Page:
The United Nations is, for good reasons, reluctant to assume responsibility for maintaining law and order, nor can it impose a new political structure or new state institutions.
What we are involved in is nothing else than building up the whole state from scratch.
The study The Legal Status of Territories Subject to Administration by International Organisations is the result of three years of research at the European University Institute in Florence, including one semester which I spent at Madison Law School. The idea of writing this book was conceived in Prishtina, Kosovo, in the winter of 2001. My daily professional exposure led me to apply to the EUI, thus responding to an urge to reflect more profoundly upon some of the legal implications of ‘political trusteeship’, and particularly on the assumption of temporary imperium over territory by the United Nations. In the hectic environment of the Office of the Chef de Cabinet of the resident OSCE Mission, I came to realise that a background theory for institution-building had to be found somewhere out there. Only a strong conceptual grounding, I believed, could provide a recipe for good practice, whether in Kosovo or in Afghanistan.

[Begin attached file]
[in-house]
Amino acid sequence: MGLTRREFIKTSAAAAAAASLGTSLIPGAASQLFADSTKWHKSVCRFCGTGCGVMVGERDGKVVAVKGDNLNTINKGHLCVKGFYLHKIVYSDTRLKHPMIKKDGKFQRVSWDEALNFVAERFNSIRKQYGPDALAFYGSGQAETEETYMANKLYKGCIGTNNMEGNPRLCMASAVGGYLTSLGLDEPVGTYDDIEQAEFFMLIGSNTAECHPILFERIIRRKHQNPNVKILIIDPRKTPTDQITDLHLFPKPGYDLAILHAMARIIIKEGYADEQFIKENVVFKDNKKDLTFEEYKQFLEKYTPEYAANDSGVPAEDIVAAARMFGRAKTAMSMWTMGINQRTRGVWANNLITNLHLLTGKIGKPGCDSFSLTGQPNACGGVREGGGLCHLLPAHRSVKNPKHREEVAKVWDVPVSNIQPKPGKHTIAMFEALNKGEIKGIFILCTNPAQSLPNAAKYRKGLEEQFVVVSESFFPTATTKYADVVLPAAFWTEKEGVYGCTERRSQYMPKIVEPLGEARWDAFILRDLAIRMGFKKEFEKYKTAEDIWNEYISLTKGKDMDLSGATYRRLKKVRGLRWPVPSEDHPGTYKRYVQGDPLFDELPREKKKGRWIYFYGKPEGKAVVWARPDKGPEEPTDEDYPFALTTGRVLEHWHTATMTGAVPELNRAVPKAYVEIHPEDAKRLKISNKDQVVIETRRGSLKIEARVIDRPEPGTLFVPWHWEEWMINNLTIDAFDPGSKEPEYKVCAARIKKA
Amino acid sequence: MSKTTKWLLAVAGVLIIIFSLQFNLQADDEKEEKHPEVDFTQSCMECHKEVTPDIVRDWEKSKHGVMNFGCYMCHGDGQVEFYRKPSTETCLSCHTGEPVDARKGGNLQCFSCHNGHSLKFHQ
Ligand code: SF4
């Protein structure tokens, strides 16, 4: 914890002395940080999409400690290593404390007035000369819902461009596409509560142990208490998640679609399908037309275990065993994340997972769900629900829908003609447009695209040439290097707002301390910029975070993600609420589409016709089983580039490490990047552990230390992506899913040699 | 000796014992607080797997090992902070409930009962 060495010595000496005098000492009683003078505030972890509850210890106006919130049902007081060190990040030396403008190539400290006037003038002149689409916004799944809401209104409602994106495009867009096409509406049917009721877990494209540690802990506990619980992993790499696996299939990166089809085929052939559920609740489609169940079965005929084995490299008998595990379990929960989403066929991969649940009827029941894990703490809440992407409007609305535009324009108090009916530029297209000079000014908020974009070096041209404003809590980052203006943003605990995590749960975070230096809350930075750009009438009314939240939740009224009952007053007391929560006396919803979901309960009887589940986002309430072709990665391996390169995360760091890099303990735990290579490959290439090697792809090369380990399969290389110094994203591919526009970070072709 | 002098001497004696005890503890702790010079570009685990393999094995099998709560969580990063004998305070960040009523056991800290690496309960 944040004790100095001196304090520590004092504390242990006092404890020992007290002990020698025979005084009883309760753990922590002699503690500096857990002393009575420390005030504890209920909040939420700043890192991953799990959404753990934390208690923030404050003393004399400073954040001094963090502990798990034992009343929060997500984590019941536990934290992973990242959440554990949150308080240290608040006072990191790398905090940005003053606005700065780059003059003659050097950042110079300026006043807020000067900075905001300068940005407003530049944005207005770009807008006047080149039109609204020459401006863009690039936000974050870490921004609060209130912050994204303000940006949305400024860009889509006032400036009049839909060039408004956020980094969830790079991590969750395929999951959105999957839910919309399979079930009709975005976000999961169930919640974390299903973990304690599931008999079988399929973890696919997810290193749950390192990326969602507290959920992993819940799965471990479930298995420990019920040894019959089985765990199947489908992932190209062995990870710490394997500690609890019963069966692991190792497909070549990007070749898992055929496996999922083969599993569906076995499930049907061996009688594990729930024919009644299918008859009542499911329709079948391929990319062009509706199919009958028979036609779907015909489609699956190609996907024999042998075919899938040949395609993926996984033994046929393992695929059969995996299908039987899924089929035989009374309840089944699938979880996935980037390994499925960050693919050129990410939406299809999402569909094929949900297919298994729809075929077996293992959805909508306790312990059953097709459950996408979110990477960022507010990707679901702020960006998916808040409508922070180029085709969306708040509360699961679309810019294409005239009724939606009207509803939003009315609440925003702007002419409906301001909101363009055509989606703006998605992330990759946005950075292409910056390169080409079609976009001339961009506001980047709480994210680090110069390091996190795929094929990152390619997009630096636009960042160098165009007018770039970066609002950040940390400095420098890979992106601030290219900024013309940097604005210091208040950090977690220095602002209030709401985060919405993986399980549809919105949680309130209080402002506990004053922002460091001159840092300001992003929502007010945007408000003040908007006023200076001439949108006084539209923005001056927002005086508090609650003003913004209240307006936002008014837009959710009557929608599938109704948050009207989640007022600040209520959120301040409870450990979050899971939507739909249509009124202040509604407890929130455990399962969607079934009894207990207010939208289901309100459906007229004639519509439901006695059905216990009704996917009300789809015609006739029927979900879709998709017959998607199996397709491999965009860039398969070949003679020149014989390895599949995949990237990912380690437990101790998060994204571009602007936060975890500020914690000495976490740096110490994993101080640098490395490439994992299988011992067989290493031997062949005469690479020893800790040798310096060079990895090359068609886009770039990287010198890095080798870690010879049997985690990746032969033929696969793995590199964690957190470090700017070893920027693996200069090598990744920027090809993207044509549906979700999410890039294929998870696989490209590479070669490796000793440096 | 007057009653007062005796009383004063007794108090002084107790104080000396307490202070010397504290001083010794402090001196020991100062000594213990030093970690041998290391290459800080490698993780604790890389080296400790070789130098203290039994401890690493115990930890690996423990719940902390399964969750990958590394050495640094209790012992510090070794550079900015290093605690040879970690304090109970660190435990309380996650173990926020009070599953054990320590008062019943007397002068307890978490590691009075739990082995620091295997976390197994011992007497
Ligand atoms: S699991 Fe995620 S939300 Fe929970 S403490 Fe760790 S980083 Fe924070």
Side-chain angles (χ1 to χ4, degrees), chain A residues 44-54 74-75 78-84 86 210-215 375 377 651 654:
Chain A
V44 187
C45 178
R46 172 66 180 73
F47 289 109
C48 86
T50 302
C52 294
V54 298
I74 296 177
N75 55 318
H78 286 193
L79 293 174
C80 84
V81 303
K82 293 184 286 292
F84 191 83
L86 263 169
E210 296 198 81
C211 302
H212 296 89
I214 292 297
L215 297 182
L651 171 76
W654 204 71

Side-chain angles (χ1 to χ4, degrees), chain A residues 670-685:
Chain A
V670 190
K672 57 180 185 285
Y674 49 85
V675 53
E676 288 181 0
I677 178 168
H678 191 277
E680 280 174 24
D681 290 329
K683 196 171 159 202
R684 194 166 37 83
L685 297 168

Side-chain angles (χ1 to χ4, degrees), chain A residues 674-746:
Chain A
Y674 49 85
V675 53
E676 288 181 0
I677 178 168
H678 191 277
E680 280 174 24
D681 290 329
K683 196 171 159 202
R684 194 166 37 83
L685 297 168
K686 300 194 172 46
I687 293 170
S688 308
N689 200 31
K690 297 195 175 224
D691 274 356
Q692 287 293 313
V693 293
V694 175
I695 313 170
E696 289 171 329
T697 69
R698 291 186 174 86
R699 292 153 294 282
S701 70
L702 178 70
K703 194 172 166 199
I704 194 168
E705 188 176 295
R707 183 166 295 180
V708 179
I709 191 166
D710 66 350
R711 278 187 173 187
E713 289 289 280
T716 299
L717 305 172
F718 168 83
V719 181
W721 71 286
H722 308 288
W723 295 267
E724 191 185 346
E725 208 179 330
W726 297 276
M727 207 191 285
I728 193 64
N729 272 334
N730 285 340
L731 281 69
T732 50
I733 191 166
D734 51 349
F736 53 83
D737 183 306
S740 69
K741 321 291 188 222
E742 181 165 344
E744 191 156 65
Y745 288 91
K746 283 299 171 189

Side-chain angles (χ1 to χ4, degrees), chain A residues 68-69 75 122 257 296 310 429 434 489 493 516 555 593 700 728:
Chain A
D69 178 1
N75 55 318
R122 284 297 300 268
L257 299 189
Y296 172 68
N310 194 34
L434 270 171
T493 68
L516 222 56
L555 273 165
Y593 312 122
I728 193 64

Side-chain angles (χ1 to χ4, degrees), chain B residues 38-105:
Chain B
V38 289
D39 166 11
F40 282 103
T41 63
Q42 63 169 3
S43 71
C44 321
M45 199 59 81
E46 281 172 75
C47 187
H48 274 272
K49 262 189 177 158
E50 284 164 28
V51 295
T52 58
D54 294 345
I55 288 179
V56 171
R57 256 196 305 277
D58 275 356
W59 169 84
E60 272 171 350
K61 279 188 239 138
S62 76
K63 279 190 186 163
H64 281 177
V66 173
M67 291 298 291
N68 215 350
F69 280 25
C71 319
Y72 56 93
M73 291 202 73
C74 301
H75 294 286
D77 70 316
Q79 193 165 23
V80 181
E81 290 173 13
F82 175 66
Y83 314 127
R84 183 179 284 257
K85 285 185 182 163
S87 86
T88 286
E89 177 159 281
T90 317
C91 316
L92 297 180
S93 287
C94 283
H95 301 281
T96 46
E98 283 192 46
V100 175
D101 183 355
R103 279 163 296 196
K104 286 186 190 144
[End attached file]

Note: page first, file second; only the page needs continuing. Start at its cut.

Ensuing conversations with friends and colleagues gravitated around some of the concepts that emerge and recur throughout this book: standards, status, sovereignty, representation of territory, self-determination, internationalism, rule of law, legitimacy, fiduciary obligation, sacred trust, accountability, legal personality and so forth.